I wonder if those attitudes of ‘anything will do’ just get it done went into the build all those years ago and that’s why I’ve got rawl plugs instead of neatly mounted steel box set into the wall. I know them and have used them myself. So, I was surprised (but not surprised) not to see any. Whoever was the sparky, despite it being a bit rough around the edges everything seems to work. So, it must have met minimum standards.

    PS. I see you're from Melbourne. I used to live in Warrandyte before coming here.

  14. #13
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    Quote Originally Posted by ErrolFlynn View Post
    I’ve no idea what the building industry was like in Eden when the block of units I’m referring to was built.
    The same as everywhere else in Oz I imagine- dreadful.

  15. #14
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    While i wrote "In Australia, light "switches" are installed in Wall-Plates"
    your reply was "

    Quote Originally Posted by ErrolFlynn View Post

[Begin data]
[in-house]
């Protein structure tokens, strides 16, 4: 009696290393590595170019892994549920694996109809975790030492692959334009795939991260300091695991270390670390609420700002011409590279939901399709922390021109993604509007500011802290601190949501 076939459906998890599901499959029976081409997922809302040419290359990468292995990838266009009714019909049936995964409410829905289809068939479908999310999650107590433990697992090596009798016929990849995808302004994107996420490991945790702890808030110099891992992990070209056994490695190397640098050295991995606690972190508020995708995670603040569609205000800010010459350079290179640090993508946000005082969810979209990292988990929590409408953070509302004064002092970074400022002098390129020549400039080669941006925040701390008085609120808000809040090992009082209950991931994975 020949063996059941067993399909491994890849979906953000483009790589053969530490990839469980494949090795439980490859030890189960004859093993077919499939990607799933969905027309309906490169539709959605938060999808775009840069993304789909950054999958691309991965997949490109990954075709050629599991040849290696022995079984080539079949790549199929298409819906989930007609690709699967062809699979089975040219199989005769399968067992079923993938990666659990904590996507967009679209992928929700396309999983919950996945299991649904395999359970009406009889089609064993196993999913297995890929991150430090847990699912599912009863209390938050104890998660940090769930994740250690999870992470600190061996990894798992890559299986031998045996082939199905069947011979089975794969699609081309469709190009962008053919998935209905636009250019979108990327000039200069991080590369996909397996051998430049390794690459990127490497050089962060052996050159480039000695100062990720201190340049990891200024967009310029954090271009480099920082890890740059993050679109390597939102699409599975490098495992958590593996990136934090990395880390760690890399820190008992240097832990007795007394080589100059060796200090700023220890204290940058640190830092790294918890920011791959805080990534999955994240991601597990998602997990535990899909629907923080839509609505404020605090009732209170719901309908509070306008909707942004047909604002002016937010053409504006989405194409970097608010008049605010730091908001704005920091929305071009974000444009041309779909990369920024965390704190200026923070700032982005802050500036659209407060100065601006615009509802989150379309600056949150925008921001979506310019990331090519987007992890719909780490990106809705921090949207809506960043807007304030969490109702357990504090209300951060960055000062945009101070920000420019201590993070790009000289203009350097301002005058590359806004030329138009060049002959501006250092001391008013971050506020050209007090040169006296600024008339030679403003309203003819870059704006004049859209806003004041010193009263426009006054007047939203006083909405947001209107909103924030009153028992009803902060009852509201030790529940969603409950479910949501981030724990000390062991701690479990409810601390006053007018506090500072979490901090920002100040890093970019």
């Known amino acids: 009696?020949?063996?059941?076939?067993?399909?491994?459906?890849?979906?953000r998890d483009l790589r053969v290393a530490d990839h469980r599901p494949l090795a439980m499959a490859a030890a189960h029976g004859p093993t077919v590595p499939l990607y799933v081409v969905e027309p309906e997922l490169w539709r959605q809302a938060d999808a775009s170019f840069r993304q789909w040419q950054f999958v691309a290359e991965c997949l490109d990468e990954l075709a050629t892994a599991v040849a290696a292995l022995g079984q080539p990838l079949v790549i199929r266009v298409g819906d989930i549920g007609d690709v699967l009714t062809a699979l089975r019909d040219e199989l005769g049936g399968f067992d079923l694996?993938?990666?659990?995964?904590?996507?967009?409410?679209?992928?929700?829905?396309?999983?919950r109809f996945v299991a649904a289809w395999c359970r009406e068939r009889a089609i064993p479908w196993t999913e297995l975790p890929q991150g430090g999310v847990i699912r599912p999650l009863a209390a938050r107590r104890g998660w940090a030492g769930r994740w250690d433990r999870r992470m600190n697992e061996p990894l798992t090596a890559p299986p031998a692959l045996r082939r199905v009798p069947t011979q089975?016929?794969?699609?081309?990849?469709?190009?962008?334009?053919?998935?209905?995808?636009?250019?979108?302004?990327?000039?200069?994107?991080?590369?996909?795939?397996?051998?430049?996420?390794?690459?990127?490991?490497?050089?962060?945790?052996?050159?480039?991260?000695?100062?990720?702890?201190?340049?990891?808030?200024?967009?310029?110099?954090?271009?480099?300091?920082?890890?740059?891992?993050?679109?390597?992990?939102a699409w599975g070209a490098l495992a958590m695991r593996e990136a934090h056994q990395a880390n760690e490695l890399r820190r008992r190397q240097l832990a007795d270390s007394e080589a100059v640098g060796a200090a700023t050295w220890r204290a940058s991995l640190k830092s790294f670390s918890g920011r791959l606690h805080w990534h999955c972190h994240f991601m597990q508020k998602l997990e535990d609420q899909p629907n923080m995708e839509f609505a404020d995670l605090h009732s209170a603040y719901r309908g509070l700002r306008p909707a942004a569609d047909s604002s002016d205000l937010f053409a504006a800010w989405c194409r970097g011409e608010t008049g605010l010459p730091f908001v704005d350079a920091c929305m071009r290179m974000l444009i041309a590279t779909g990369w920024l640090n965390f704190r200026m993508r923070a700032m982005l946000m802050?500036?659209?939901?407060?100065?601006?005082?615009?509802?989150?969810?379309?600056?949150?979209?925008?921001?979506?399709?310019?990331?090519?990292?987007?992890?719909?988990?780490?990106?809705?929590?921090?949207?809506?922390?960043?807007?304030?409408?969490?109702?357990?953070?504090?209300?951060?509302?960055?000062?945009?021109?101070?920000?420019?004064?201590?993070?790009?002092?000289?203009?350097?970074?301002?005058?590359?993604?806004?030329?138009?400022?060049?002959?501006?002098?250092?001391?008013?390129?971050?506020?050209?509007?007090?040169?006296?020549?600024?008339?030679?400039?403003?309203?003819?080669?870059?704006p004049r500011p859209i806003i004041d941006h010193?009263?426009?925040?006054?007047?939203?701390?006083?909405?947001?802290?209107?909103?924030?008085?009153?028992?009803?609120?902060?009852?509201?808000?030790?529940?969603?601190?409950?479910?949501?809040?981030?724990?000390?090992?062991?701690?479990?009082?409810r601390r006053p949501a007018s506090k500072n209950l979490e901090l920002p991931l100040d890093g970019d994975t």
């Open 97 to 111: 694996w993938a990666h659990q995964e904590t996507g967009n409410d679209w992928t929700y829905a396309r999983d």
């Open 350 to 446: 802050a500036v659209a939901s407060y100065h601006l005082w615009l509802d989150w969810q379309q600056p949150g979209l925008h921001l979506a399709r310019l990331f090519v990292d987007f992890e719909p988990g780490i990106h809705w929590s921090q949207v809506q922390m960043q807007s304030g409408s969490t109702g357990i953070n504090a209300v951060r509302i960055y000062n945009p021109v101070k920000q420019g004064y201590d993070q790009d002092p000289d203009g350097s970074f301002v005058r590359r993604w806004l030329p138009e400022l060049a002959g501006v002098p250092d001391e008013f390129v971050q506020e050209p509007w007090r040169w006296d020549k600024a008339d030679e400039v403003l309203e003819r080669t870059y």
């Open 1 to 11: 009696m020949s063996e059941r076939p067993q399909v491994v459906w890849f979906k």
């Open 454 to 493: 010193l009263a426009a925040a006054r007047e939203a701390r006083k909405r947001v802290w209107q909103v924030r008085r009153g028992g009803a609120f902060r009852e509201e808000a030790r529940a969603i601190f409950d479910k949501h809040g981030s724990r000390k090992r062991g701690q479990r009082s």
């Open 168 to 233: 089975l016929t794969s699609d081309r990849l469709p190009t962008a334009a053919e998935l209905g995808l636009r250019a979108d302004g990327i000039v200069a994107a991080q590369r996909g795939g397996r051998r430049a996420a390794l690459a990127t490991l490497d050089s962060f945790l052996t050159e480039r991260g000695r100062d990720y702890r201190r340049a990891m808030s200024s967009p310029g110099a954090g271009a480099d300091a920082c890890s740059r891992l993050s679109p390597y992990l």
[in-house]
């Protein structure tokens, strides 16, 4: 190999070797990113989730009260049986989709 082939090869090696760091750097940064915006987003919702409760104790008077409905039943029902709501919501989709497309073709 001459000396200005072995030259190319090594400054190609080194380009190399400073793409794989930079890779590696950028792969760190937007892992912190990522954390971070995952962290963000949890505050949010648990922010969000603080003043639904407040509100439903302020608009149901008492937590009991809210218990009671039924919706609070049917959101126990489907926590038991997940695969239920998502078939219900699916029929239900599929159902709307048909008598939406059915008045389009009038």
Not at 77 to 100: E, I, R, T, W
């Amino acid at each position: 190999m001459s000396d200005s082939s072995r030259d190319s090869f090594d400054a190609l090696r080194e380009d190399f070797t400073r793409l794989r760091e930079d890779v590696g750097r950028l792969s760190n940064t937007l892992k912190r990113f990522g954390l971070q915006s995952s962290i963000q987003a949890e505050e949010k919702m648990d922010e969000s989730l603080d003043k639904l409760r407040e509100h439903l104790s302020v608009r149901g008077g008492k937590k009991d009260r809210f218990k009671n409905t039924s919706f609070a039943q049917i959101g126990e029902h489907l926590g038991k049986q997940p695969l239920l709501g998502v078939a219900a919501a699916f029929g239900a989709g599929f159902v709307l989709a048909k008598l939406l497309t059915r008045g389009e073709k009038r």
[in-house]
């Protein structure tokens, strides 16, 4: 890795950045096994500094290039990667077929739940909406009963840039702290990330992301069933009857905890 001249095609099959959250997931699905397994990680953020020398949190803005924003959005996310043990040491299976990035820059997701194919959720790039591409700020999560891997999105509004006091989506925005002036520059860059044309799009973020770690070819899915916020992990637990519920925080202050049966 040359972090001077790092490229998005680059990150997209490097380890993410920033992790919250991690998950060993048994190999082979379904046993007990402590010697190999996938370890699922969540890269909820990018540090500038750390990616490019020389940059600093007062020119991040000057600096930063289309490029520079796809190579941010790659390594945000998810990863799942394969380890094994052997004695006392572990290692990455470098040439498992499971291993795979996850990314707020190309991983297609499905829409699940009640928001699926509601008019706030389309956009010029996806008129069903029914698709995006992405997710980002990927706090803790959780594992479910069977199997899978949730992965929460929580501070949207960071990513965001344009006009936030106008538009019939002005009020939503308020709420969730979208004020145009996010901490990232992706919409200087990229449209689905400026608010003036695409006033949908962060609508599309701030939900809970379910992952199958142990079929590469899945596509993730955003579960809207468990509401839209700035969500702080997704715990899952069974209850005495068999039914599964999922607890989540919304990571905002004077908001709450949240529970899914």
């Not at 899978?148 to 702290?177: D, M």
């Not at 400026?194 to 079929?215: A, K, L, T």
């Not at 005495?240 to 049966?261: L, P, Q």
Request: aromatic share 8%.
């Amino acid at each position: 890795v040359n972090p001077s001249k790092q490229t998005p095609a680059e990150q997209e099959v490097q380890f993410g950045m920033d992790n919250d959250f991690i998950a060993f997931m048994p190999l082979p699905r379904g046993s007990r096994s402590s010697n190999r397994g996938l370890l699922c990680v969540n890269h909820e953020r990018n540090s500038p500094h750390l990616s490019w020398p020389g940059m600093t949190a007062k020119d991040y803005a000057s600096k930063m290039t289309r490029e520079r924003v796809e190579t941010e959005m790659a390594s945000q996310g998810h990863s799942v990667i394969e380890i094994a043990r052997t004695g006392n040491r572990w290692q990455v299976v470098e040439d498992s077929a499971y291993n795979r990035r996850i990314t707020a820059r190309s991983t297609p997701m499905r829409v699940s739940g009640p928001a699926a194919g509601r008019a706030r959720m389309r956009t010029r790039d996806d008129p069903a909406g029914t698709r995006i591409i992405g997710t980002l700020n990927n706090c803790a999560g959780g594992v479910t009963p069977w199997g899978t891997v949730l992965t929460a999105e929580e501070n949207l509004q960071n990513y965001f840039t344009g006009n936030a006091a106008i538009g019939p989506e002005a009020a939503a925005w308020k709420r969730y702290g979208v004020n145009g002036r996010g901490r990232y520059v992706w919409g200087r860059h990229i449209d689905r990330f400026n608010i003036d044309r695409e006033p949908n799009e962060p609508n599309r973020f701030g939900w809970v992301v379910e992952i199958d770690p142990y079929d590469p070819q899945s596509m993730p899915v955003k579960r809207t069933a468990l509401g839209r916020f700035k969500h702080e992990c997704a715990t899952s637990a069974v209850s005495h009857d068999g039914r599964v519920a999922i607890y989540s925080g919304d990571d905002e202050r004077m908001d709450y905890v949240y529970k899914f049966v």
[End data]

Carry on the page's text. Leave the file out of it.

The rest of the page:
Not in this part of Australia. At least, at that time. Perhaps a few corners were cut by the electrician. Perhaps the work wasn't done by an electrician. Country town. Limited tradies at the time of the build, perhaps.
    I still believe that all light switches in Australia have been installed in Wall-Plates, since before WWII.
    Please provide photographs of anything which you have which may contradict that statement.

  16. #15
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    Ha ha ... you can change forum but not stripes.
    ďWe often contradict an opinion for no other reason
    than that we do not like the tone in which it is expressed.Ē

    Friedrich Nietzsche